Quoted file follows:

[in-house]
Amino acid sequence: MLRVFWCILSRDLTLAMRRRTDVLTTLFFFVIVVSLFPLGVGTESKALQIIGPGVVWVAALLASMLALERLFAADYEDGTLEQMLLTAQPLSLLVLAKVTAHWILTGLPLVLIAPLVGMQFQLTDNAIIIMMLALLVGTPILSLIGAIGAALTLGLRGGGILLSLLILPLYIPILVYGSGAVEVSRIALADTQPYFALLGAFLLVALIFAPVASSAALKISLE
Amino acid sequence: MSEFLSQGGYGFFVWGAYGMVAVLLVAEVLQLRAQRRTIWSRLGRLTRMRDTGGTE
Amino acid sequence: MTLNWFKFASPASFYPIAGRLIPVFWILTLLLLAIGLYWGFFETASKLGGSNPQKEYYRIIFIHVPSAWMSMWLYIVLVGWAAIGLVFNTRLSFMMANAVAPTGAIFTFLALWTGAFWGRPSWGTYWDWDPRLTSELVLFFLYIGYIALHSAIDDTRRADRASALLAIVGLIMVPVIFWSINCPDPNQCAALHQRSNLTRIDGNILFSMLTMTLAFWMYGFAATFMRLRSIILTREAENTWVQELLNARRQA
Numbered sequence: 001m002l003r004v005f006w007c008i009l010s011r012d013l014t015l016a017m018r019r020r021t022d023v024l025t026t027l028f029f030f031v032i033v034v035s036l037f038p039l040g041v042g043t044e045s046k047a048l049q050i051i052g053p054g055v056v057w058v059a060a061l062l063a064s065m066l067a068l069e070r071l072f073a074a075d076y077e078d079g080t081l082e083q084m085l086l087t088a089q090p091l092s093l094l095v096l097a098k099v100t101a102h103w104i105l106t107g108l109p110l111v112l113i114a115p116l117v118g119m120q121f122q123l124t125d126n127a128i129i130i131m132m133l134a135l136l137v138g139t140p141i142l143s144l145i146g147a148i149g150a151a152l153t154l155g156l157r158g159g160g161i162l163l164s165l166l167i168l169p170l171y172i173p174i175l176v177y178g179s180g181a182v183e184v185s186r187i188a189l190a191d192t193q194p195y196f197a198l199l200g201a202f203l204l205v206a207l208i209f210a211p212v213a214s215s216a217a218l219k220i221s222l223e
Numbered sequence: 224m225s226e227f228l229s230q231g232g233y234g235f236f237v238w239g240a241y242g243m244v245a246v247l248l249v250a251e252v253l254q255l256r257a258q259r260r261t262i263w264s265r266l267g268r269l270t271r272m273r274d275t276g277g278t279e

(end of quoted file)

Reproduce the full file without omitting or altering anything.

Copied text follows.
[in-house]
Amino acid sequence: MLRVFWCILSRDLTLAMRRRTDVLTTLFFFVIVVSLFPLGVGTESKALQIIGPGVVWVAALLASMLALERLFAADYEDGTLEQMLLTAQPLSLLVLAKVTAHWILTGLPLVLIAPLVGMQFQLTDNAIIIMMLALLVGTPILSLIGAIGAALTLGLRGGGILLSLLILPLYIPILVYGSGAVEVSRIALADTQPYFALLGAFLLVALIFAPVASSAALKISLE
Amino acid sequence: MSEFLSQGGYGFFVWGAYGMVAVLLVAEVLQLRAQRRTIWSRLGRLTRMRDTGGTE
Amino acid sequence: MTLNWFKFASPASFYPIAGRLIPVFWILTLLLLAIGLYWGFFETASKLGGSNPQKEYYRIIFIHVPSAWMSMWLYIVLVGWAAIGLVFNTRLSFMMANAVAPTGAIFTFLALWTGAFWGRPSWGTYWDWDPRLTSELVLFFLYIGYIALHSAIDDTRRADRASALLAIVGLIMVPVIFWSINCPDPNQCAALHQRSNLTRIDGNILFSMLTMTLAFWMYGFAATFMRLRSIILTREAENTWVQELLNARRQA
Numbered sequence: 001m002l003r004v005f006w007c008i009l010s011r012d013l014t015l016a017m018r019r020r021t022d023v024l025t026t027l028f029f030f031v032i033v034v035s036l037f038p039l040g041v042g043t044e045s046k047a048l049q050i051i052g053p054g055v056v057w058v059a060a061l062l063a064s065m066l067a068l069e070r071l072f073a074a075d076y077e078d079g080t081l082e083q084m085l086l087t088a089q090p091l092s093l094l095v096l097a098k099v100t101a102h103w104i105l106t107g108l109p110l111v112l113i114a115p116l117v118g119m120q121f122q123l124t125d126n127a128i129i130i131m132m133l134a135l136l137v138g139t140p141i142l143s144l145i146g147a148i149g150a151a152l153t154l155g156l157r158g159g160g161i162l163l164s165l166l167i168l169p170l171y172i173p174i175l176v177y178g179s180g181a182v183e184v185s186r187i188a189l190a191d192t193q194p195y196f197a198l199l200g201a202f203l204l205v206a207l208i209f210a211p212v213a214s215s216a217a218l219k220i221s222l223e
Numbered sequence: 224m225s226e227f228l229s230q231g232g233y234g235f236f237v238w239g240a241y242g243m244v245a246v247l248l249v250a251e252v253l254q255l256r257a258q259r260r261t262i263w264s265r266l267g268r269l270t271r272m273r274d275t276g277g278t279e